The Ombudsman ear in Ghent, Source: City of Ghent

Ghent celebrates the Ombudsman service with a giant listening ear

Ghent celebrates the Ombudsman service with a giant listening ear

The ear faces the door of the Ombudsman’s office at city hall

Today, authorities in Ghent, Belgium, put a monument in front of city hall, commemorating 25 years since the Ombudsman service was introduced. The ear is 2.5 metres tall and it faces the green door of the Belfry building, where the ombudsman office is located. It represents a cheeky comment on the nature of the office – always eager to hear citizens’ woes.

The move aims to put the service in the spotlight, as well as its achievements. Since its creation in 1996, the Ombudsman’s office has dealt with 15,000 complaints from citizens.

The first Ombudsman was Rita Passemiers, who occupied the position from 1996 to 2017. Currently, Helena Nachtergaele is filling the role and a focus of her office has been the digitalisation and de-bureaucratisation of the service.

The Ombudsman’s report

The Ombudsman in Ghent handles complaints about the various city services and the police. Citizen complaints must first be raised with the relevant service and if both sides cannot reach an agreement, the Ombudsman steps in and tries to reach a settlement.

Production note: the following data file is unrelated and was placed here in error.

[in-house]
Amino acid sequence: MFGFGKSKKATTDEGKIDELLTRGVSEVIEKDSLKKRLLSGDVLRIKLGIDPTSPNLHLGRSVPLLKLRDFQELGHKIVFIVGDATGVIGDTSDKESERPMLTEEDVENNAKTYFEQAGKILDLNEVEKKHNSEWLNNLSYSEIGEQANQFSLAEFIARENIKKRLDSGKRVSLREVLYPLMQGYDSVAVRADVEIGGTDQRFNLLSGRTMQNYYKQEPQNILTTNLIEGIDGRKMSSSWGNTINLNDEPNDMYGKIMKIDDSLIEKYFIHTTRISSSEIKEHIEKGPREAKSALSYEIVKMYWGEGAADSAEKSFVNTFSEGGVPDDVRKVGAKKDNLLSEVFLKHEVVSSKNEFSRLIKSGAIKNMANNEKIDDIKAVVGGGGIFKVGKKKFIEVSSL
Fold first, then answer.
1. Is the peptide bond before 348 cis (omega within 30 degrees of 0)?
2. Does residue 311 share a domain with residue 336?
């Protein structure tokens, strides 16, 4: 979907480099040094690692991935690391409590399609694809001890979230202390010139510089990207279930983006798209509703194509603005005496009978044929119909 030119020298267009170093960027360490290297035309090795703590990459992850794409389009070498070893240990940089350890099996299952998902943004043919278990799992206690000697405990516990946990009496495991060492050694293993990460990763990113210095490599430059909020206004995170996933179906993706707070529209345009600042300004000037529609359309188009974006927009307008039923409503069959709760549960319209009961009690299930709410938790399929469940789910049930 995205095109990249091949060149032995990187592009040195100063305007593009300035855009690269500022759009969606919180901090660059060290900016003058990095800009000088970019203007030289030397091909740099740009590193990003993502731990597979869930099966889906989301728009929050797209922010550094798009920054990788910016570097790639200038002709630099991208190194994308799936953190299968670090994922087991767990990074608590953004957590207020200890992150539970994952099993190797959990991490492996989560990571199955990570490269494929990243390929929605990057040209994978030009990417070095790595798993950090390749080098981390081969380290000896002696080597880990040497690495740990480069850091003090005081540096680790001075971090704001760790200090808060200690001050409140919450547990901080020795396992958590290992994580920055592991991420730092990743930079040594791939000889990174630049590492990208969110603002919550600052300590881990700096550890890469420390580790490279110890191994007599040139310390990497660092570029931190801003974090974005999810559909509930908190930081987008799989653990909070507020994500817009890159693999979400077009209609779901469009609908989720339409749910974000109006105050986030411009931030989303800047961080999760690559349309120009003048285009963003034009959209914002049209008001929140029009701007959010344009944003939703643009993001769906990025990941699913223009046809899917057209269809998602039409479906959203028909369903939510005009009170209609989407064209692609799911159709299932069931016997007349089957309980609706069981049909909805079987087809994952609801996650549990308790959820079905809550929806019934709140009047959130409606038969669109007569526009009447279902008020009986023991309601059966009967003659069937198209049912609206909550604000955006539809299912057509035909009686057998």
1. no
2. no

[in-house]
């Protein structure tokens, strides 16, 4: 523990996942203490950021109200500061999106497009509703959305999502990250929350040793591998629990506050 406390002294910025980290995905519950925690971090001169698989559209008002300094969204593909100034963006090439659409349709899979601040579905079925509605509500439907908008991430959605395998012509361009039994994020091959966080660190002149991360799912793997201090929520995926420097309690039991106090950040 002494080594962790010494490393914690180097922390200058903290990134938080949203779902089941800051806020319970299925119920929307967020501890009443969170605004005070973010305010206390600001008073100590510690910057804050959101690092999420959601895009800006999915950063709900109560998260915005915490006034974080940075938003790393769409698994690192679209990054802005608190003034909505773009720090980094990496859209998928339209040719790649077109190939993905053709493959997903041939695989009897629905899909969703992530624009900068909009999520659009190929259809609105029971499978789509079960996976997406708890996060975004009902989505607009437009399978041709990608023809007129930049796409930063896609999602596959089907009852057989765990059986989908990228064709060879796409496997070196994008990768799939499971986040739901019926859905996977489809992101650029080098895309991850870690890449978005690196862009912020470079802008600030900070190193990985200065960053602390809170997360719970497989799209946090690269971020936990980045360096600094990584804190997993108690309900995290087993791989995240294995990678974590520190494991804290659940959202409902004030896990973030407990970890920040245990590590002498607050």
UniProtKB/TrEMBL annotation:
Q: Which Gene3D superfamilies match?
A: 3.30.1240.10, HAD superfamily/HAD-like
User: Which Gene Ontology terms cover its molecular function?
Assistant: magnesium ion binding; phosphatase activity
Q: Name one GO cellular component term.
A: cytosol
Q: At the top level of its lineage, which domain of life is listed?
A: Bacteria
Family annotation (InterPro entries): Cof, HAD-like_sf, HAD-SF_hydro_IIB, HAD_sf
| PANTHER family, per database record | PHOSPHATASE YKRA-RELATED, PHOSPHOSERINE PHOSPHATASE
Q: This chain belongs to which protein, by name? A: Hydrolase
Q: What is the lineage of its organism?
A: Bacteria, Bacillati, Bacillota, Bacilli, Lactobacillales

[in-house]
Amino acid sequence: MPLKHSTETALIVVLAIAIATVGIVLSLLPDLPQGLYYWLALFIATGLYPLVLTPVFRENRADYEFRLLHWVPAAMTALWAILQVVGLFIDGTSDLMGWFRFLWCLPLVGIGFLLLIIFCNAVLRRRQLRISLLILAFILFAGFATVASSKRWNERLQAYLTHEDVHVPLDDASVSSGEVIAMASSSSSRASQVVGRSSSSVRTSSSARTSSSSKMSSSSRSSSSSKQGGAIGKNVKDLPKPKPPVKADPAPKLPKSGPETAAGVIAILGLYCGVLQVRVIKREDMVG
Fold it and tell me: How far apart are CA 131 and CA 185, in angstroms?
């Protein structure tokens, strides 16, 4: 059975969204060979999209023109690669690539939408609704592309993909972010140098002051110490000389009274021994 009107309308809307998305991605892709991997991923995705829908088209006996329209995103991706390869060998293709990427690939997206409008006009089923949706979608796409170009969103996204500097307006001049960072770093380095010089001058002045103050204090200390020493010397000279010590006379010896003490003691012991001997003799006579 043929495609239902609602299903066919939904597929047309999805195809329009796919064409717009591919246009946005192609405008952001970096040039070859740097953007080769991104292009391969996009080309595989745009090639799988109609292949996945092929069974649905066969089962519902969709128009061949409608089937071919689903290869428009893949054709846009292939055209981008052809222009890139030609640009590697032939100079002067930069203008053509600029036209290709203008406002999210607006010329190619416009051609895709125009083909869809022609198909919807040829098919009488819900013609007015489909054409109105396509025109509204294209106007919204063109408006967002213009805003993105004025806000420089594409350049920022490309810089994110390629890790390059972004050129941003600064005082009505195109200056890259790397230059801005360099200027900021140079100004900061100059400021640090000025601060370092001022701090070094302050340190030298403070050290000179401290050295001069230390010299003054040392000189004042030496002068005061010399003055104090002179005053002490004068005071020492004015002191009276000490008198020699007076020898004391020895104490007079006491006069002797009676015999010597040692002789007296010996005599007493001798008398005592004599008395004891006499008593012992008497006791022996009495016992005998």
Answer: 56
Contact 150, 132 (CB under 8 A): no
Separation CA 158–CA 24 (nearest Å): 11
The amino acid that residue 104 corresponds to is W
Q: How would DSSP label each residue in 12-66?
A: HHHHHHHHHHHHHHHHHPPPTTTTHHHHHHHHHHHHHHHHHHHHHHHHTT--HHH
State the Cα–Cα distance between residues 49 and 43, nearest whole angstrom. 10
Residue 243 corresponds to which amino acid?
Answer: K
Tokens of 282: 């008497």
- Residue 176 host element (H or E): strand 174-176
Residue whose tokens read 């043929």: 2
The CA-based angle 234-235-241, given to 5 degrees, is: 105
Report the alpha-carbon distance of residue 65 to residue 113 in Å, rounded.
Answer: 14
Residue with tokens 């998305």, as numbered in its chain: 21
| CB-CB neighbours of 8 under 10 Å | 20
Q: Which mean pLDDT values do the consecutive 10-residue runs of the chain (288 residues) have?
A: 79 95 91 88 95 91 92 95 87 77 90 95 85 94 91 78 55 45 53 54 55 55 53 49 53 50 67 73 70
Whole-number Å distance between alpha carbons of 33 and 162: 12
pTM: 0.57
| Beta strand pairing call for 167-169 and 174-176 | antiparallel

Furthermore, the office in Ghent publishes an annual report, tracking the major trends in public complaints, as well as recommendations for both the city and citizens. The latest report was published at the end of February and the most common reasons for complaints were related to parking, access to car-free areas, waste collection and low-emissions zones.

ombudsman earThe ear faces the Belfry building where the Ombudsman is located at city hall,
Source: City of Ghent

Many of the complaints were related to what the Ombudsman’s office calls ‘the battle for public space’. This includes parking spaces being taken over by bike racks or greenery and people being refused parking rights in car-free areas.

At the same time, a number of complaints have started to appear due to the fact that more and more of the city’s services are starting to digitalise. The last point has actually prompted local authorities to start a project to help educate people on how to use the digital administration.

For the Ombudsman, though, that would not be enough, as she has recommended city services to always keep a non-digital alternative. At the same time, in the recommendations section of the report, the office has also suggested implementing a walk-in system without appointments, as a good way to remove barriers between citizens and the city’s administration.



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